September’s London Web Standards Meetup featured UX designers and developers bringing print to life with their tales of making web apps for the FT (Matt Andrews) and an iPad app for The Week (Harry Brignall). Sketchnotes are below.
Sorry it’s not much of a write-up (and a month late) but better late than never.
From Print to iPad – UX of The Week – Harry Brignall
It’s Mobile World Congress 2011 this week, and amongst the throngs of Honeycomb tablets, Nokia and Microsoft square dancing on the showroom floor, there are a few announcements that may not be hugely exciting to the general public, but that the tech community should be giggling with glee about.
I’m talking about this:
Kal-El benchmark, courtesy of Anandtech
This is Nvidia announcing the Kal-El SoC (System on Chip), a 12-core Tegra 2 GPU mixed with a quad-core ARM Cortex A9 CPU, all on one chip. Even better yet, this chip will be seen in tablet computers in 6 months time. That’s an incredibly aggressive timeline considering the brand new Tegra 2 chip is only 9 days old, and yet it’s performance has already been doubled.
The even bigger news that has slipped by, is that that’s not all.
Tegra 2 roadmap, courtesy of Anandtech
Notice the scale on the left hand side. Whilst the new chips are rising in a linear fashion, that’s a logarithmic scale, so every year, these chips will double in power. By 2014, we should have SoCs in mobile computers that are 4 times as fast as a Core i7 CPU and 25 times faster than a Core2 Duo. That’s an amazing amount of computational power in a chip the size of a peanut with a TDP of ~1W.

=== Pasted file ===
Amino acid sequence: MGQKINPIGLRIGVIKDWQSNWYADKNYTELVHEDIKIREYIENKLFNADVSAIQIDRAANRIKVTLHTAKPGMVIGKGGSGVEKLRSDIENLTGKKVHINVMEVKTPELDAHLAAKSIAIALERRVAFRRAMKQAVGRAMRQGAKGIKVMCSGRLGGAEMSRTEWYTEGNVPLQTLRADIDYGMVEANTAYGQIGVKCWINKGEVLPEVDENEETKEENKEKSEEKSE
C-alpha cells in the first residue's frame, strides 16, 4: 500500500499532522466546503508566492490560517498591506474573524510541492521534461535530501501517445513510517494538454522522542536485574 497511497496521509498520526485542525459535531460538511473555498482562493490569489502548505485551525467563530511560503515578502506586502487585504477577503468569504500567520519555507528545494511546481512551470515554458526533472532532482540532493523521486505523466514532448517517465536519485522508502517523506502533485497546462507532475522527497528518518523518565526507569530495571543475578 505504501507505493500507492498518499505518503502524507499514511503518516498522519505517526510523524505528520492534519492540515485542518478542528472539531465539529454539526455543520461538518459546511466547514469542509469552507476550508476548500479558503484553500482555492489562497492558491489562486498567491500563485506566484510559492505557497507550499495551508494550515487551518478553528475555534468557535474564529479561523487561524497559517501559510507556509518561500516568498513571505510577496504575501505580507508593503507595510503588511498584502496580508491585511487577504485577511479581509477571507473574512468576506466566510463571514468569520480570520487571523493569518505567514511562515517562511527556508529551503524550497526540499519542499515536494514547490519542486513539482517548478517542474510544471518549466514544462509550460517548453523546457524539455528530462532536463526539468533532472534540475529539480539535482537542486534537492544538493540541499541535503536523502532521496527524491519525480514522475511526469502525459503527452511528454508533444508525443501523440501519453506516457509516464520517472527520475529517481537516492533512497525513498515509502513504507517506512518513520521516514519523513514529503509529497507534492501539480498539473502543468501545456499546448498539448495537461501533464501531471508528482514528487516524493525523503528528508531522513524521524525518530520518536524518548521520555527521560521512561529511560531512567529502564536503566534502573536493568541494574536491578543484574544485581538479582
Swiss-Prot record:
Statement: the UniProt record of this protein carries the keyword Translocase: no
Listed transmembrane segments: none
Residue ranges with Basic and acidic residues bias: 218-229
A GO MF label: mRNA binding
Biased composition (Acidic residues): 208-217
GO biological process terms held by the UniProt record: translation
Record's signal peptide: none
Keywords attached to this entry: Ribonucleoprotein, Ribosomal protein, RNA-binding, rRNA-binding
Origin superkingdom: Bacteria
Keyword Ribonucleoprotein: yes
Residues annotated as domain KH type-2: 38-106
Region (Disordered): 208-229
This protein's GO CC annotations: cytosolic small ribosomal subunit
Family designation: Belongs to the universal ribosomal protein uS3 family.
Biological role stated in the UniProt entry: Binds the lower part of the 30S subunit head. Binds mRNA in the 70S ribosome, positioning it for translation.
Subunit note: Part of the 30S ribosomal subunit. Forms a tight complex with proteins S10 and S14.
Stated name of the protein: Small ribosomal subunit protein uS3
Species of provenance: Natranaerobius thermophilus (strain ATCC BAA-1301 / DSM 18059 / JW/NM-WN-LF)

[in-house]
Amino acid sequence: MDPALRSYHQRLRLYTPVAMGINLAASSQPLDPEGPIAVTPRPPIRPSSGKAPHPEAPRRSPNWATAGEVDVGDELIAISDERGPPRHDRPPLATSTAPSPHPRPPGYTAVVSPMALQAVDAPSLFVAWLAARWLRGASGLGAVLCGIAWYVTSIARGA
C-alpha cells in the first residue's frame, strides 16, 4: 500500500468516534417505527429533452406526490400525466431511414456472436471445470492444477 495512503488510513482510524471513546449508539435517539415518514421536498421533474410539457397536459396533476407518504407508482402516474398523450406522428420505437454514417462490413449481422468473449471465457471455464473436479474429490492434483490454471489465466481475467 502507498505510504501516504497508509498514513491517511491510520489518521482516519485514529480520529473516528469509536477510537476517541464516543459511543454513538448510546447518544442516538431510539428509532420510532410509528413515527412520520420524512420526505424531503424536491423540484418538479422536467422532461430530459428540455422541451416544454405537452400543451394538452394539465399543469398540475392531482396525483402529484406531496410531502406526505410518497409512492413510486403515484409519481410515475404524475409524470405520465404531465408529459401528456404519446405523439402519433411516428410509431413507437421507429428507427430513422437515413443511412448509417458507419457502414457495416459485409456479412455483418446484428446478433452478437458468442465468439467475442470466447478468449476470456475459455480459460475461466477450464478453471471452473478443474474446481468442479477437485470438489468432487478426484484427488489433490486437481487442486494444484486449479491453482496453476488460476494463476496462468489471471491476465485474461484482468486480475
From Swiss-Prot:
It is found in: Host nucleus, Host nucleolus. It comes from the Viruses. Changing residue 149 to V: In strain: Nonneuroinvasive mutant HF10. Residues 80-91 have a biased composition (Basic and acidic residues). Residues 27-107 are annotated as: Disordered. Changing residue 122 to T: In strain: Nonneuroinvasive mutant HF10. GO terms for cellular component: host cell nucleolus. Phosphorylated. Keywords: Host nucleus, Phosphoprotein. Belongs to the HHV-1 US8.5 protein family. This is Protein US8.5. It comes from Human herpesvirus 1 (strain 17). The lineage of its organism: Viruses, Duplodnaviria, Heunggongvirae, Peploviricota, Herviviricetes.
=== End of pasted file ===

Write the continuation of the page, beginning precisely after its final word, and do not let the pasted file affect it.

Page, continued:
Modern UIs need this power
So what are we going to do with all this power? Whilst it’ll be like having an XBox 360 in your pocket, games aren’t the only thing that will use this power.
Just take a look at Microsoft’s Beauty of the Web demo site, showing off IE9’s hardware acceleration enabling it to make blizzards with HTML5 web technologies. That’s just the start of what we’ll be able to do with this power. Think how useful Honeycomb’s 3D Google maps will be, and think how it can be used to empower a mobile workforce, being able to take your entire desktop with you and have it work like your desktop pc. It will enable the mobile user to process huge data sets which previously would have been a server job, letting the workforce make complex decisions quickly and on the move.
Of course, don’t expect things to change overnight. The first things to happen will be “true” multi-tasking, then a proliferation of HD video including Skype. It’s taken years for web developers to embrace CSS3 functions, it’ll take another few years to truly embrace canvas, SVG and WebGL.
The future vision is coming
At CES 2009, Microsoft showed off a video for their Office of 2019 concept (below). The hardware announced today will drive this forward and enable developers to make these UIs of the future. I can’t wait to be part of this future